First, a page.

The recommendations should be enacted into law by Congress without delay.


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‘Internet of Things’ hits speed bump

HIDDEN COSTS OF UBIQUITOUS CONNECTIVITY BARED IN NEW SURVEY
Many experts responding to a Pew Research Center survey pointed to unforeseen problems raised by the looming Internet of Things, though the tone is overwhelmingly upbeat.
There is no stopping the onslaught of devices connected to the web.
But the interconnectivity of everything carries with it some not-too-obvious costs.
The Pew study should be required reading for everyone rushing to connect every device in the home for a marginal increase in convenience.


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AT&T, DirecTV mega deal poses new threat to everyone

‘MA BELL’ MONOPOLISTS POISED TO RULE TELECOM
AT&T’s plan to acquire DirecTV makes the consolidation of the communications industry seem unstoppable – and threatens consumers on several fronts.
It portends a throwback to the bad old days of Ma Bell, when one giant monopolized the entire phone system.
As broadband and cable providers merge, they will leave the consumer with few options: all, or nothing.


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Climate change debate enters twilight zone (with video)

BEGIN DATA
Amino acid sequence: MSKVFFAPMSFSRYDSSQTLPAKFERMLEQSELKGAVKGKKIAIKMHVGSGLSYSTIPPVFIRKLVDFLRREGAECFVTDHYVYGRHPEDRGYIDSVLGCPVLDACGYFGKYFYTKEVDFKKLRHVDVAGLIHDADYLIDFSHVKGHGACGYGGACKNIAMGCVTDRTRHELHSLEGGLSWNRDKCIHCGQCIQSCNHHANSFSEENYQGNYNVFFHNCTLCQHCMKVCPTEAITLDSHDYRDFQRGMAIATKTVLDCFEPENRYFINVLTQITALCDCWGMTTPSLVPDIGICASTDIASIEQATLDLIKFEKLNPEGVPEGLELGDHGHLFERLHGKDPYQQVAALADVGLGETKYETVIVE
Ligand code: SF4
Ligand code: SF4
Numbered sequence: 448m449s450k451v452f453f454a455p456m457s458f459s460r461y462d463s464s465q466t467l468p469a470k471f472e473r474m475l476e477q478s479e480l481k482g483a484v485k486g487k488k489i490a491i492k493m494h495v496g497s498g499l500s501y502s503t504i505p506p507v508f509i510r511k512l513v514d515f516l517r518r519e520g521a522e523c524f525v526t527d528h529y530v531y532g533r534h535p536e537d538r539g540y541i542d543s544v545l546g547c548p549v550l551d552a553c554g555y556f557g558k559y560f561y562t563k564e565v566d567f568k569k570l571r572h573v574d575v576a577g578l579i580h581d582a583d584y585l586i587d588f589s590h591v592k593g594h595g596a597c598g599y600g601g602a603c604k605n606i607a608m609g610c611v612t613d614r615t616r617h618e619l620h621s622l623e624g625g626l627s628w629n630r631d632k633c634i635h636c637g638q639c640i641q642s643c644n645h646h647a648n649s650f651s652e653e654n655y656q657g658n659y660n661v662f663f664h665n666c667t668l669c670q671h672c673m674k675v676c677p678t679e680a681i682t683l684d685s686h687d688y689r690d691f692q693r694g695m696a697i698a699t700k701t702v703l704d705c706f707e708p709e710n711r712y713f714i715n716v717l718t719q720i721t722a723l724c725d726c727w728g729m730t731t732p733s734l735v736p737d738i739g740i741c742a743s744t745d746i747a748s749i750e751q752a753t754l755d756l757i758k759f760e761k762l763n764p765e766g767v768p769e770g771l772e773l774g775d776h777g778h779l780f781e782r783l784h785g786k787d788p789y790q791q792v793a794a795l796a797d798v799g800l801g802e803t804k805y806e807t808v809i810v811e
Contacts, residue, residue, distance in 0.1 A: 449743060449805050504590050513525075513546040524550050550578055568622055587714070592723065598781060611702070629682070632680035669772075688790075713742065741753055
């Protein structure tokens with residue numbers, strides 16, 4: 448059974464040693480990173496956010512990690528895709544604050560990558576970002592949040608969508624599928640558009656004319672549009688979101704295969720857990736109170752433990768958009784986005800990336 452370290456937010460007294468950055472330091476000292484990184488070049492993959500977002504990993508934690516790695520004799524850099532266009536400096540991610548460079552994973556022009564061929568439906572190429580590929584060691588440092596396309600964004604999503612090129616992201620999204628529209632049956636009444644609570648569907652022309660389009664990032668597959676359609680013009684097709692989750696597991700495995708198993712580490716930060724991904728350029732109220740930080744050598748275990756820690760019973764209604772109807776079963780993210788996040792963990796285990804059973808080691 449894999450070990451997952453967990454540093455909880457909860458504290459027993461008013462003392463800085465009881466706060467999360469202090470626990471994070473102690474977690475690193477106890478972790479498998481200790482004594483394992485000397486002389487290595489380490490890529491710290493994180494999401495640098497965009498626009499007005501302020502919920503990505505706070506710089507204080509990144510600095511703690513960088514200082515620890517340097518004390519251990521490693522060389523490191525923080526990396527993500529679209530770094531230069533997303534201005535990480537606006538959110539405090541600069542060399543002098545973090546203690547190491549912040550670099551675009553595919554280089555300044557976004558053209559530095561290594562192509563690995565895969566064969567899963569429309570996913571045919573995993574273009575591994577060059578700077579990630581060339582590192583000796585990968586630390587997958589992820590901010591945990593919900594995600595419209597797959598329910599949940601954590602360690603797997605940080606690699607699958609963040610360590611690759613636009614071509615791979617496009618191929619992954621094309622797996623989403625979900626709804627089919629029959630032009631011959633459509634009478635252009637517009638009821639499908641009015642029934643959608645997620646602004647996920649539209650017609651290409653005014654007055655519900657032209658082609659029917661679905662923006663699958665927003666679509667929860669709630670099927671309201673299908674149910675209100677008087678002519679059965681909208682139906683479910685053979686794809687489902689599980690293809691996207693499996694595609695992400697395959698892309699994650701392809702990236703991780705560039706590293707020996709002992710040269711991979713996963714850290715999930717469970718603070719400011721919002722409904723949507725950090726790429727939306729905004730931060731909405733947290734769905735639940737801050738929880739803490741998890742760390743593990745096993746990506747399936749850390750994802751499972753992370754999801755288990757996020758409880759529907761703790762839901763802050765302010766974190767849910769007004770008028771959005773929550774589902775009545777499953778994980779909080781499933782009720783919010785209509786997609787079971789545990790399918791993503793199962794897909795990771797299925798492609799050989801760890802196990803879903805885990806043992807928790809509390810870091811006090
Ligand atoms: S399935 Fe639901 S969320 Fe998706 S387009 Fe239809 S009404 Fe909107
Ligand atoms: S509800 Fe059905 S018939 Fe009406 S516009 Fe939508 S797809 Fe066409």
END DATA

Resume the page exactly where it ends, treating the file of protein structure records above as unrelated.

DESPITE MOUNTING EVIDENCE, CONSPIRACY THEORIES FLOURISH
With evidence mounting that climate change caused by human activity has arrived and will grow worse, the tenor of debate in America is undergoing a disturbing transformation.
Instead of attacking the science – an increasingly futile pursuit but one which has worked wonders in the past – naysayers are now couching it in conspiracy theories bordering on lunacy.
It’s all a communist plot, they say.
It’s an alarming shift.
Appeals to emotion can be most effective when the science is conclusive. Anyone who cares about the future of the planet should be really worried by this shift in strategy.


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Spy vs. Spy: Journalists honored as target pilloried

Criticism directed at the National Security Agency ricocheted around cyberspace after an anonymously sourced Bloomberg story said the agency “exploited” the Heartbleed security bug for years.
Meanwhile, Glenn Greenwald, Laura Poitras – the journalists who first obtained documents from Edward Snowden revealing the NSA’s massive spying operations – visited the US for the first time since their blockbuster reporting to receive the prestigious Polk Award in a ceremony on Friday.


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Digital currency raises age-old question: What is money?

GYRATING VALUE OF BITCOIN CATCHES INTEREST OF PUBLIC AND REGULATORS
Bitcoin, the somewhat mysterious “cash” of choice for the so-called “dark web,” has raised anew the question: what is money?
If speculation is your goal, then investing in this unregulated, largely unknown netherworld of digital currency might prove fruitful.
But, apart from the recent huge run-up in its value, bitcoin has a credibility problem, no matter what officials in Washington may say.